This project starts and ends with the beauty of  Globalweave’s Linen Gauze. The fabric’s open weave makes it light and airy to the touch, while its fine linen threads give it strength and durability.  Although soft and fluid, this Linen Gauze Wrap perches around your shoulders in a wonderfully voluminous puff, full of charisma and elegance!

The understated beauty of this fabric calls for a modest treatment, and so I used a simple straight machine stitch to finish all the edges. Using a bright neon thread, a thin yellow line travels the hills and valleys of the fabric like a streak of light.

A few straight cuts, some quick stitches and some easy fringe-pulling and you’re done. Nothing could be easier… or prettier! – Corinne

Update: New Fabric

May 25th, 2016


We created a new version of this wrap using Purl Soho’s beautiful Watercolor Linen. To see more photos and to pick up the materials, check out our Watercolor Linen Wrap story!


You will also need a pair of large, sharp scissors; a pair of small, sharp scissors; and a straight pin.


26 inches wide X 63 inches long


Do not prewash the fabric. The finished Wrap will be handwash only.



Trim one raw edge of the fabric straight along the grain line. Because the weave of the Linen Gauze is so loose, if you cut carefully with a sharp pair of scissors, it is fairly easy to trim right along the line of the weave (but don’t worry too much if you don’t stay exactly in line).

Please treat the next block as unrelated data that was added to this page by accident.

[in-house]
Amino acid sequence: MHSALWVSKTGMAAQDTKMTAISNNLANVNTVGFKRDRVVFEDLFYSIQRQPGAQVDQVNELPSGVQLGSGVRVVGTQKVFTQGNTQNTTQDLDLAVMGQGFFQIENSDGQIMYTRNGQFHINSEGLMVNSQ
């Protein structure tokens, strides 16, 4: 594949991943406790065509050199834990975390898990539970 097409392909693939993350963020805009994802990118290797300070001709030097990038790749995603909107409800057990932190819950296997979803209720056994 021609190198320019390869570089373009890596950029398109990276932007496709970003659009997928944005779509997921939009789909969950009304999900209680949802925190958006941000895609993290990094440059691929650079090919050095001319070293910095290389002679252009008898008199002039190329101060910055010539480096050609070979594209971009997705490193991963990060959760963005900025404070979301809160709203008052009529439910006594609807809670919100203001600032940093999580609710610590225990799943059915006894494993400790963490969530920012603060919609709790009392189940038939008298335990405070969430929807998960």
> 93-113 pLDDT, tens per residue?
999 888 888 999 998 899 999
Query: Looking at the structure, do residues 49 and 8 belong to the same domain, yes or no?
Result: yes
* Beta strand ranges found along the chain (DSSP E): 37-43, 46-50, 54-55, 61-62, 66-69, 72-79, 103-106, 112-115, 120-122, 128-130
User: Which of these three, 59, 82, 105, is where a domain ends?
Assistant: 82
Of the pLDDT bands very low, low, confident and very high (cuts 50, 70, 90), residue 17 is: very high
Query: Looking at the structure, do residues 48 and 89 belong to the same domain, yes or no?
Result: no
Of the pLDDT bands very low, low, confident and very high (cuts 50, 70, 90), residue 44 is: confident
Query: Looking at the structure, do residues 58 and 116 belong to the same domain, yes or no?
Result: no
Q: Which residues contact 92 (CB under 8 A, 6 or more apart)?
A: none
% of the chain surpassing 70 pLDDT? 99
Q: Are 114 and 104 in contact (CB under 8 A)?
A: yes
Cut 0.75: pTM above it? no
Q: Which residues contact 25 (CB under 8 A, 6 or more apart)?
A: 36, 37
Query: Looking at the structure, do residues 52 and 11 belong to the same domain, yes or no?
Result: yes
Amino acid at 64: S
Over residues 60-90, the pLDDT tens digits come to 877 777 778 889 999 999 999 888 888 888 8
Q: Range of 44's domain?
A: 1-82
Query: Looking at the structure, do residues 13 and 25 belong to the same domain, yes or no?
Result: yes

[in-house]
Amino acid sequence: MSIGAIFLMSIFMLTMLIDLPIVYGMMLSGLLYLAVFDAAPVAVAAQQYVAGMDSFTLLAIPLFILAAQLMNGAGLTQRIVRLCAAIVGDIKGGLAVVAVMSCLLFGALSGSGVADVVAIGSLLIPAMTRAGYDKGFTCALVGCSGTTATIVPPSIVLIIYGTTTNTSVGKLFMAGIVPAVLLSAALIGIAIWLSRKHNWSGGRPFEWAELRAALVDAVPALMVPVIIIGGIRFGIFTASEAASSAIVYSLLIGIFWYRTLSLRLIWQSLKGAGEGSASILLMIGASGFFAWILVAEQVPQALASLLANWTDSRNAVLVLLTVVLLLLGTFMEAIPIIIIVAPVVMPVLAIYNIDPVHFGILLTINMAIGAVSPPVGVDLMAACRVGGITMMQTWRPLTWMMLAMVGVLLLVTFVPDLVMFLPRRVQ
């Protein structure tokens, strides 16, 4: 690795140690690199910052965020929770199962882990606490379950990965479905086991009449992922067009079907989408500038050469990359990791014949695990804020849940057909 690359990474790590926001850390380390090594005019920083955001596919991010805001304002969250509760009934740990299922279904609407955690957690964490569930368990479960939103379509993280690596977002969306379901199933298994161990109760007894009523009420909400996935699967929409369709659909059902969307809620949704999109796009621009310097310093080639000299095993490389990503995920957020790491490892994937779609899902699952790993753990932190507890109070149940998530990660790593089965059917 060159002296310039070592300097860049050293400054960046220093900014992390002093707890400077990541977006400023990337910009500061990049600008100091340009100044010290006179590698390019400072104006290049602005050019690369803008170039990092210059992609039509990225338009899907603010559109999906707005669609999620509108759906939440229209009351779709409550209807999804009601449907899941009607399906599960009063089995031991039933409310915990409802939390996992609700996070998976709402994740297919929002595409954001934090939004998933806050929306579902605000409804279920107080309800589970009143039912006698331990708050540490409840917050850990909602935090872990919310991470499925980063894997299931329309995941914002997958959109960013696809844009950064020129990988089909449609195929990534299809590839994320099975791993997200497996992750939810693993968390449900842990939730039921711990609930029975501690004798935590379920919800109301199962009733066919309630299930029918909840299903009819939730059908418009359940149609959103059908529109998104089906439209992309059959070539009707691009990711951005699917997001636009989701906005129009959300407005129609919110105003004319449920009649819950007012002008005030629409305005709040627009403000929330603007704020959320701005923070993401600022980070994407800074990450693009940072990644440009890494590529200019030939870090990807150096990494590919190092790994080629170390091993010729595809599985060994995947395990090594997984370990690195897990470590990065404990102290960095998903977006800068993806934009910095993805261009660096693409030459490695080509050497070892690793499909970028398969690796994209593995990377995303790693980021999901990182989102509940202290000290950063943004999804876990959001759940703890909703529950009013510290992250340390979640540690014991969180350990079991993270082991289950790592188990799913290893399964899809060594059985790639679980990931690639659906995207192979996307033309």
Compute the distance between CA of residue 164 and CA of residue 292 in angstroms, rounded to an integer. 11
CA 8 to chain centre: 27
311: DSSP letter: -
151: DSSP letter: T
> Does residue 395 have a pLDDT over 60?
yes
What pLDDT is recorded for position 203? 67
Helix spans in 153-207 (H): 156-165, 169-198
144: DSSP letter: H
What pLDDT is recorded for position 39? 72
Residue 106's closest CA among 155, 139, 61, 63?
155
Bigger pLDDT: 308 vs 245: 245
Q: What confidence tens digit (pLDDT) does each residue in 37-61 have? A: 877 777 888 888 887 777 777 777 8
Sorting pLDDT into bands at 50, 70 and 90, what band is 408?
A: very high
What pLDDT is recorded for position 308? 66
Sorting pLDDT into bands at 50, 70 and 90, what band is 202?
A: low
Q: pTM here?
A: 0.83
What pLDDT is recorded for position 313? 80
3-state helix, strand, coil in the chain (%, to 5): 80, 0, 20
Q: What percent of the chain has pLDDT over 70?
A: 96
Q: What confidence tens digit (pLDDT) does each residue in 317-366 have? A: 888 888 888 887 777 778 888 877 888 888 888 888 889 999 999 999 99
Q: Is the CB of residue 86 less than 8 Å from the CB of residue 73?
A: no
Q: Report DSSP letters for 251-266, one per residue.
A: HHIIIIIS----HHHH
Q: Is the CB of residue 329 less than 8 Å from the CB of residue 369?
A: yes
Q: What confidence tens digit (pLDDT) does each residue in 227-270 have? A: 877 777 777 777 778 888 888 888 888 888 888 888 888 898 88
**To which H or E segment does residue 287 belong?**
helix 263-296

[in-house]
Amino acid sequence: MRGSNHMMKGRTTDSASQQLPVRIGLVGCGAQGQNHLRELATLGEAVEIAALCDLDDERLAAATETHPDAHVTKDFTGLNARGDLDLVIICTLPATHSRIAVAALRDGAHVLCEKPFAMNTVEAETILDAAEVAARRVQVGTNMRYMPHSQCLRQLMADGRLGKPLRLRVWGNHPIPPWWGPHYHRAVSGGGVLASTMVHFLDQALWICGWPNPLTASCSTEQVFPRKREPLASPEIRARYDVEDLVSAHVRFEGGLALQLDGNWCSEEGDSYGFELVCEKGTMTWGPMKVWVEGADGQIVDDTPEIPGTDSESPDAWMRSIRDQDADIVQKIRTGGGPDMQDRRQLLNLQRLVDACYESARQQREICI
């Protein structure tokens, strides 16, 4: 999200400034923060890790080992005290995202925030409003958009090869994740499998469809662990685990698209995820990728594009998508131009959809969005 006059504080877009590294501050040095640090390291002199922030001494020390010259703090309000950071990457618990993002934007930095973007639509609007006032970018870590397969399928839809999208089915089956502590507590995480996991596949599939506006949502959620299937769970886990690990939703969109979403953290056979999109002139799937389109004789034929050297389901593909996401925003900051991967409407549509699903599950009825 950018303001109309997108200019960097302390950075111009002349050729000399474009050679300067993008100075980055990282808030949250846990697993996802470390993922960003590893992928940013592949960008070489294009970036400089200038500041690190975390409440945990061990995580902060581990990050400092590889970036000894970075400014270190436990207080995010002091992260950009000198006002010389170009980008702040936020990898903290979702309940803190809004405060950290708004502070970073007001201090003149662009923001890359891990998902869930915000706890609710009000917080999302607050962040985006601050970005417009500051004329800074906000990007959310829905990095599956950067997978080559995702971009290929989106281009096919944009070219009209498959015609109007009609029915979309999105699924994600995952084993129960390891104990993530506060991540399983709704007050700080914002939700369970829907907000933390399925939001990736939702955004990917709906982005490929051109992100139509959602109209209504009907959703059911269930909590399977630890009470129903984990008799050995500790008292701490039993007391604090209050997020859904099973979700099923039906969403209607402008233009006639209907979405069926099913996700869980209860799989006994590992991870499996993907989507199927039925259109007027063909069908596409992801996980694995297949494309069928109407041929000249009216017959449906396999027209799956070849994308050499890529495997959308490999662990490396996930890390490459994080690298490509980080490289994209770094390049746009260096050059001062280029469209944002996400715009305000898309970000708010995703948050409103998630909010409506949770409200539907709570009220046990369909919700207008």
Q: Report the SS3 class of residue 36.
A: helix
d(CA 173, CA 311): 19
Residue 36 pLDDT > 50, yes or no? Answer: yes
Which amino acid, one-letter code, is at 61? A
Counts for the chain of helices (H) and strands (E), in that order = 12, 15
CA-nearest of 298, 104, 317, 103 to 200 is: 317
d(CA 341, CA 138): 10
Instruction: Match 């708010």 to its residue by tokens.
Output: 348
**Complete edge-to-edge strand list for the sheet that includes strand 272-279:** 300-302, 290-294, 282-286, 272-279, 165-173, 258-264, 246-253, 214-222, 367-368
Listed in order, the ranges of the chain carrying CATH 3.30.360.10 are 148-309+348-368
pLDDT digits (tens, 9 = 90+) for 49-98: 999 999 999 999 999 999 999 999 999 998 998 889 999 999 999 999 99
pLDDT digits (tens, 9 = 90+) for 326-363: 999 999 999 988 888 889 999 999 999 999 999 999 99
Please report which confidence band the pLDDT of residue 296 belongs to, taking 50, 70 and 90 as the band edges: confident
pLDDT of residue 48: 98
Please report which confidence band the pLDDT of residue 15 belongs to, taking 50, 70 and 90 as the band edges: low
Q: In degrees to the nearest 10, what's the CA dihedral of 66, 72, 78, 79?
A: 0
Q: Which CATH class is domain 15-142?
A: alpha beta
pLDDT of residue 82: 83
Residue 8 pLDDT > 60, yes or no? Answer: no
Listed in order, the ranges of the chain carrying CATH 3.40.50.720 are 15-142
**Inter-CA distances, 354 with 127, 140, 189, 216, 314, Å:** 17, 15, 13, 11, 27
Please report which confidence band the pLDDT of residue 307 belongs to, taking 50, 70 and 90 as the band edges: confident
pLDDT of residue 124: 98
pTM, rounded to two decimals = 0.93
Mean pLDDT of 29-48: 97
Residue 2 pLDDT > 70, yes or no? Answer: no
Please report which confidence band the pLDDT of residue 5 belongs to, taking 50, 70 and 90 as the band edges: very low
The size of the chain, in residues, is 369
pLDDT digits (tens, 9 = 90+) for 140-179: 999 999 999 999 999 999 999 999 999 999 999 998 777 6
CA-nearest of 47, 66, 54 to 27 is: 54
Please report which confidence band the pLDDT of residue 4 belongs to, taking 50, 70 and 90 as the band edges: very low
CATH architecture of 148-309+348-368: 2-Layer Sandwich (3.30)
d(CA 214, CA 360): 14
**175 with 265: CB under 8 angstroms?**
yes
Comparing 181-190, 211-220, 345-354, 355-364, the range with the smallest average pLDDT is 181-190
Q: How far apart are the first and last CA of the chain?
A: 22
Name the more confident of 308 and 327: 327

Once you have a clean, straight edge, cut the other raw edge in the same manner so that the fabric is 32 inches wide.

Cut off the two selvage edges, again following the line of the weave.

Fold the fabric in half so that the two 32-inch sides meet. Press the fold at one end to create a crease. Starting at this crease and following the line of the weave, cut the fabric in half so that you have two 32 by 26-inch pieces.

Piece the Wrap

Lay the two pieces out flat so that one piece’s 26-inch side overlaps the other piece’s 26-inch side by  ¾ inch. Pin in place. The Linen Gauze is quite slippery and prone to shifting, so use a lot of pins to keep the fabrics straight.

Sew along the pinned line ¼ inch in from one raw edge twice.

Remove the pins and turn the scarf over. Now sew ¼ inch in from the raw edge on the other side twice.

Pull out the threads of the raw edges that run parallel to the two sewn lines.  Use the sharp point of a straight pin to help pick each thread.

Sew the Edges

Starting in the middle of one side, sew ¼ inch in from all four sides, going around the entire perimeter of the scarf twice. Backstitch at the end of the seam.

Pull the Fringe

Working one side at a time, pull out the threads that run parallel to the seam lines The threads are woven in groups of three. The first grouping can easily be pulled out together. As you get closer to the seam line, pull the threads one by one until you have reached the line of stitching. Use the sharp point of a straight pin to help pick each thread.

If a thread is partially caught in the stitching, just use a small, sharp pair of scissors to trim the thread so that it is the same length as the fringe.

Continue in this fashion around all four sides and you’re done!